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Does limit of absolute value of something always equal absolute value of limit of something? Specifically, can I just say the below equality is true or do I need to prove it? I'm not sure how to prove it. Could you help me?

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    $\begingroup$ If $a_n=(-1)^n$ then $\lim a_n$ doesn't exist (so neither does $|\lim a_n|$, yet $\lim |a_n|=1.$ $\endgroup$
    – coffeemath
    Aug 9, 2013 at 5:59
  • $\begingroup$ @AWertheim: Your proposed counterexample looks suspicious; you've brought a summation outside the absolute value, while the OP only brought out a limit. :) $\endgroup$ Aug 9, 2013 at 11:34
  • $\begingroup$ @AndrewD.Hwang goodness, how did I miss that? Tired eyes! Thanks. :) $\endgroup$ Aug 9, 2013 at 14:58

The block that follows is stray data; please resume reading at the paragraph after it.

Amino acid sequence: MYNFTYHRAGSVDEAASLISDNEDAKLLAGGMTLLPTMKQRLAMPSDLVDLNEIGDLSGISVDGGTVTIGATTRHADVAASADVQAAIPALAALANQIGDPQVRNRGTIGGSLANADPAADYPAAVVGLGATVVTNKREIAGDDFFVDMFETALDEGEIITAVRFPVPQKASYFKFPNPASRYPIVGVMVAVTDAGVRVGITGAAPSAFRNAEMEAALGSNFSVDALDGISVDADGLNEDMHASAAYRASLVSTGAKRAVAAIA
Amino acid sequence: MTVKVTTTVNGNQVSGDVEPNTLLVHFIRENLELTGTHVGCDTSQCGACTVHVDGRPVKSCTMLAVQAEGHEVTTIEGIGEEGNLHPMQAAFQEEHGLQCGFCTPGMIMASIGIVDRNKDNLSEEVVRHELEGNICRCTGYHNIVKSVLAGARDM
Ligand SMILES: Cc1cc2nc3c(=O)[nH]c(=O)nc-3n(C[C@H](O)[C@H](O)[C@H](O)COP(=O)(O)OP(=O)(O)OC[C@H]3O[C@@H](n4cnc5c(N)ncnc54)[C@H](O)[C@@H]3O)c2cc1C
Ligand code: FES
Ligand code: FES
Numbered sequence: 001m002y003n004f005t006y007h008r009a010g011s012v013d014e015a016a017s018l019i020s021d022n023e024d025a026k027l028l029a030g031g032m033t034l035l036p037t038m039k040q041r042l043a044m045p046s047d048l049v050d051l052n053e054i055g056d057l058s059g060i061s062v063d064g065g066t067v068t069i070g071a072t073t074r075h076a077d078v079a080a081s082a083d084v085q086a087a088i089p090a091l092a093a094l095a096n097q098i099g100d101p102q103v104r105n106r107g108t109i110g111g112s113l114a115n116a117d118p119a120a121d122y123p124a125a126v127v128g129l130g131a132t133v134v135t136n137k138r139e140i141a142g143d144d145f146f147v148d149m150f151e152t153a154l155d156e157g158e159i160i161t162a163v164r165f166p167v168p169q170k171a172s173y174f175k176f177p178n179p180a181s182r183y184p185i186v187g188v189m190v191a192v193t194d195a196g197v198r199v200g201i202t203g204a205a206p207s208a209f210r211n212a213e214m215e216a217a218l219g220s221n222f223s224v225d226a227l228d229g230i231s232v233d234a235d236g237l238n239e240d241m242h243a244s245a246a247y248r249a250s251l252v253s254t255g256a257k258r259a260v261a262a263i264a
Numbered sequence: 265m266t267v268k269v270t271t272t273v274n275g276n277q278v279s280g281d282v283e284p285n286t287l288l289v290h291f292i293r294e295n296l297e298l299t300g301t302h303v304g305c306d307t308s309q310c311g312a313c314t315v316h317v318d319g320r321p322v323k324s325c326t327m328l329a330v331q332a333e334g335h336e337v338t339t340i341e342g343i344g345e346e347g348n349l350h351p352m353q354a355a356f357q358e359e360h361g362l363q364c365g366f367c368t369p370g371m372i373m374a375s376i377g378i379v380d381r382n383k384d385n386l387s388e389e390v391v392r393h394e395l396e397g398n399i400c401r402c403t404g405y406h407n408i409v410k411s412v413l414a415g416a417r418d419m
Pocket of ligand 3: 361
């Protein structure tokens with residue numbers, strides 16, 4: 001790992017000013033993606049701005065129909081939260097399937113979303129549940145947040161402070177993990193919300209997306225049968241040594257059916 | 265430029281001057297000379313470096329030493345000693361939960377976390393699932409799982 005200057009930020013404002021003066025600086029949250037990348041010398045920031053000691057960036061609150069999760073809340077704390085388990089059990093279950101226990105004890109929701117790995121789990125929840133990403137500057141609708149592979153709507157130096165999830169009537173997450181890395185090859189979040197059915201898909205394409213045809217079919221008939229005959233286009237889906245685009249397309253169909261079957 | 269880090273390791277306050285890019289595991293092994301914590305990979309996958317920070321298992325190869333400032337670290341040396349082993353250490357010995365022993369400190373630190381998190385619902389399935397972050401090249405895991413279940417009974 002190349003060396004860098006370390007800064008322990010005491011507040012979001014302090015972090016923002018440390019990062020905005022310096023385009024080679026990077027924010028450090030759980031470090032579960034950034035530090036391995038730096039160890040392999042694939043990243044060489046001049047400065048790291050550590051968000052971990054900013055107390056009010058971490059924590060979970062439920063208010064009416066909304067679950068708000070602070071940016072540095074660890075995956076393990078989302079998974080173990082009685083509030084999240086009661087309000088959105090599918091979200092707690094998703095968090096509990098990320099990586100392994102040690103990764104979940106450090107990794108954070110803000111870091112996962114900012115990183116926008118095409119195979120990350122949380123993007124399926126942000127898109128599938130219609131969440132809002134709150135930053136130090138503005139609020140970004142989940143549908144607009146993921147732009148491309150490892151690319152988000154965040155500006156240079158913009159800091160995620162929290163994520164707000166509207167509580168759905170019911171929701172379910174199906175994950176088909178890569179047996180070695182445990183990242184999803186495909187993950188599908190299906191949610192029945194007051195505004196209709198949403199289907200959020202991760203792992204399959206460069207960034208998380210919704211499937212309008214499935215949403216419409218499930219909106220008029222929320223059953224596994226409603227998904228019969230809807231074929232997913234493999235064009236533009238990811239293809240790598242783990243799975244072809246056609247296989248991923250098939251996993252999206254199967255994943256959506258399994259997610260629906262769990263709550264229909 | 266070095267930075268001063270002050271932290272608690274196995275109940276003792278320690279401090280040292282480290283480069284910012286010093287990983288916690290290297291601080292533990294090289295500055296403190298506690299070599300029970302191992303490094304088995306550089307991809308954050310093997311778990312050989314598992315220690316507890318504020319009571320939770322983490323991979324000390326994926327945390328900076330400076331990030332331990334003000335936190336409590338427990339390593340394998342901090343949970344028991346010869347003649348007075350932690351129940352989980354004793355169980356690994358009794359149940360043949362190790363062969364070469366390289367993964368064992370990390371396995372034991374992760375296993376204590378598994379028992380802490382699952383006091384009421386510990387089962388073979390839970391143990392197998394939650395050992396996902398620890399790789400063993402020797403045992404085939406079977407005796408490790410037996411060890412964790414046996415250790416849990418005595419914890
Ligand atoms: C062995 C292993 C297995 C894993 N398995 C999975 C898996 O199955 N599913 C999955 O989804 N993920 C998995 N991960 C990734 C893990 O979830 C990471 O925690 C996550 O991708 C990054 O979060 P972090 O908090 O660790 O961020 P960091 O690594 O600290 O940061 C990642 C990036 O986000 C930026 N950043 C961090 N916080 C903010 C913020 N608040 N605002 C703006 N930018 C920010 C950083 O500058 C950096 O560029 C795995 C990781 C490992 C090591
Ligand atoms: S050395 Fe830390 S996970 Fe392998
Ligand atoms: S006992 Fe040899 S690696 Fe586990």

2 Answers 2

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Hint: $f(x) = |x|$ is continuous.

(Of course, the limits must exist for this to apply. For a counterexample, see the comment above made by coffeemath).

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Assuming both of your limits exist, then the absolute value of the limit will be the limit of the absolute value, by continuity of absolute value. However, it's entirely possible that taking the absolute value will cause a limit to exist where it hadn't before.

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